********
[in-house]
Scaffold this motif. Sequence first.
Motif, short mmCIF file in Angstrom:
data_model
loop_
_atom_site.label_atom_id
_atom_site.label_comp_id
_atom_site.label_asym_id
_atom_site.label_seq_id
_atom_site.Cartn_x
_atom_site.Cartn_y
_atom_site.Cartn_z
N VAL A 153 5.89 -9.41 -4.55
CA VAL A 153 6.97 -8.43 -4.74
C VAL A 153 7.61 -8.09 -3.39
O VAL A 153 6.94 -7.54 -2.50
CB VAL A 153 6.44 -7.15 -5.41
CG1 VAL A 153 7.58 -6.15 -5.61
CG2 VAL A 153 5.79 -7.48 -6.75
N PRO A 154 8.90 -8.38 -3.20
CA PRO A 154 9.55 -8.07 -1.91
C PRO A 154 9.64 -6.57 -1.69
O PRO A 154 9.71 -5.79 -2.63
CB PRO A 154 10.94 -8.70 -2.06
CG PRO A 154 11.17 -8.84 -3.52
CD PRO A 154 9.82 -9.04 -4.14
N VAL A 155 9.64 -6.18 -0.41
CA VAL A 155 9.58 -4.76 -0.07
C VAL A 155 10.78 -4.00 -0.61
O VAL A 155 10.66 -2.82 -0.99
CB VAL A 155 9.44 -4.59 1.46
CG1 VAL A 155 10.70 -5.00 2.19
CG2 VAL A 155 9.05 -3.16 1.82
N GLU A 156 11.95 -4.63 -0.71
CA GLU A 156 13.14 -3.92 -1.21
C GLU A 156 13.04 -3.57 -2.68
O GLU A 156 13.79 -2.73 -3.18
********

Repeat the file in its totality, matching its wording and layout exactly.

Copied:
[in-house]
Scaffold this motif. Sequence first.
Motif, short mmCIF file in Angstrom:
data_model
loop_
_atom_site.label_atom_id
_atom_site.label_comp_id
_atom_site.label_asym_id
_atom_site.label_seq_id
_atom_site.Cartn_x
_atom_site.Cartn_y
_atom_site.Cartn_z
N VAL A 153 5.89 -9.41 -4.55
CA VAL A 153 6.97 -8.43 -4.74
C VAL A 153 7.61 -8.09 -3.39
O VAL A 153 6.94 -7.54 -2.50
CB VAL A 153 6.44 -7.15 -5.41
CG1 VAL A 153 7.58 -6.15 -5.61
CG2 VAL A 153 5.79 -7.48 -6.75
N PRO A 154 8.90 -8.38 -3.20
CA PRO A 154 9.55 -8.07 -1.91
C PRO A 154 9.64 -6.57 -1.69
O PRO A 154 9.71 -5.79 -2.63
CB PRO A 154 10.94 -8.70 -2.06
CG PRO A 154 11.17 -8.84 -3.52
CD PRO A 154 9.82 -9.04 -4.14
N VAL A 155 9.64 -6.18 -0.41
CA VAL A 155 9.58 -4.76 -0.07
C VAL A 155 10.78 -4.00 -0.61
O VAL A 155 10.66 -2.82 -0.99
CB VAL A 155 9.44 -4.59 1.46
CG1 VAL A 155 10.70 -5.00 2.19
CG2 VAL A 155 9.05 -3.16 1.82
N GLU A 156 11.95 -4.63 -0.71
CA GLU A 156 13.14 -3.92 -1.21
C GLU A 156 13.04 -3.57 -2.68
O GLU A 156 13.79 -2.73 -3.18